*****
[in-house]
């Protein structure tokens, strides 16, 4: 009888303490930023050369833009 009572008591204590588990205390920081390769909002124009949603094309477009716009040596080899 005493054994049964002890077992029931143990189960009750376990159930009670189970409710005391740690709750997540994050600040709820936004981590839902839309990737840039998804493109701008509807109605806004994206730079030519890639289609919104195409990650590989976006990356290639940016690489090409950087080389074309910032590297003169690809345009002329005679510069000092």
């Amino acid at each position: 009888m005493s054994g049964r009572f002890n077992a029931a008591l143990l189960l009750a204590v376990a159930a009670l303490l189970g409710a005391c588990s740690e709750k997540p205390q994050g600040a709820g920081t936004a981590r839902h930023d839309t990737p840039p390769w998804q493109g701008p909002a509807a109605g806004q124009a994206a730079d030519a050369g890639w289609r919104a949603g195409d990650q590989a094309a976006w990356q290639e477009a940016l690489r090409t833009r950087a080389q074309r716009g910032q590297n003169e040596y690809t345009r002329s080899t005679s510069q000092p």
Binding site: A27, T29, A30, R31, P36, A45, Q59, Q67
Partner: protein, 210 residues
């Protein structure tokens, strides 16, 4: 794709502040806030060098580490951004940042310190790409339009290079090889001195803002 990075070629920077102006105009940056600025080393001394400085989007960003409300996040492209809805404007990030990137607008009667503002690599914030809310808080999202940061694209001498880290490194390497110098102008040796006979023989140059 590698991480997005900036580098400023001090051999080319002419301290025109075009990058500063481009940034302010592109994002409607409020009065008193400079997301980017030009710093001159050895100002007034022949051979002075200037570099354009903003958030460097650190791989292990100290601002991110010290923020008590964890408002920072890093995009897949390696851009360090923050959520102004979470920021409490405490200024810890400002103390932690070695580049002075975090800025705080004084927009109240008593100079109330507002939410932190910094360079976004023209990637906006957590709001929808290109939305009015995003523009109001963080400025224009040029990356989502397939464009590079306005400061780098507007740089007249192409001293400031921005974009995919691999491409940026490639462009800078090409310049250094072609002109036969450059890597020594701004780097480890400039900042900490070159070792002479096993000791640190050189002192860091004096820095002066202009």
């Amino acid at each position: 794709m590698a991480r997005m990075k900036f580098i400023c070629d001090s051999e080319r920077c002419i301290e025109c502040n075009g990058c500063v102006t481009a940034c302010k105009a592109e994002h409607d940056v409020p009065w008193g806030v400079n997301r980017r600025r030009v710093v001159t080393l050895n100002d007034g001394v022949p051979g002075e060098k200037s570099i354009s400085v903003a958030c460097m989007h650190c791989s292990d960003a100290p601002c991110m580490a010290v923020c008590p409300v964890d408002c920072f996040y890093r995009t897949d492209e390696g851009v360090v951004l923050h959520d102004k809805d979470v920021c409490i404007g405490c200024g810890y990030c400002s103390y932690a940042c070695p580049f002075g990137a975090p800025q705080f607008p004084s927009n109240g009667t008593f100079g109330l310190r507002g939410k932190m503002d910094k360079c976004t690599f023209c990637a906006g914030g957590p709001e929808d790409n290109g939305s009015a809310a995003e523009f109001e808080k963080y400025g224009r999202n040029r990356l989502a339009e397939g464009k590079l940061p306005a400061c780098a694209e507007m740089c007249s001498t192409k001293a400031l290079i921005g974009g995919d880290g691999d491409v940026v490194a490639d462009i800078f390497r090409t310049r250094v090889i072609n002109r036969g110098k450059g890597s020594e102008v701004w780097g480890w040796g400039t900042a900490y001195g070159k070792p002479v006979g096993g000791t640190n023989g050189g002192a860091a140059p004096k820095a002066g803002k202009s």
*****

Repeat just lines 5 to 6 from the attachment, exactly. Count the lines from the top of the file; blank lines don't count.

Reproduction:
Partner: protein, 210 residues
């Protein structure tokens, strides 16, 4: 794709502040806030060098580490951004940042310190790409339009290079090889001195803002 990075070629920077102006105009940056600025080393001394400085989007960003409300996040492209809805404007990030990137607008009667503002690599914030809310808080999202940061694209001498880290490194390497110098102008040796006979023989140059 590698991480997005900036580098400023001090051999080319002419301290025109075009990058500063481009940034302010592109994002409607409020009065008193400079997301980017030009710093001159050895100002007034022949051979002075200037570099354009903003958030460097650190791989292990100290601002991110010290923020008590964890408002920072890093995009897949390696851009360090923050959520102004979470920021409490405490200024810890400002103390932690070695580049002075975090800025705080004084927009109240008593100079109330507002939410932190910094360079976004023209990637906006957590709001929808290109939305009015995003523009109001963080400025224009040029990356989502397939464009590079306005400061780098507007740089007249192409001293400031921005974009995919691999491409940026490639462009800078090409310049250094072609002109036969450059890597020594701004780097480890400039900042900490070159070792002479096993000791640190050189002192860091004096820095002066202009």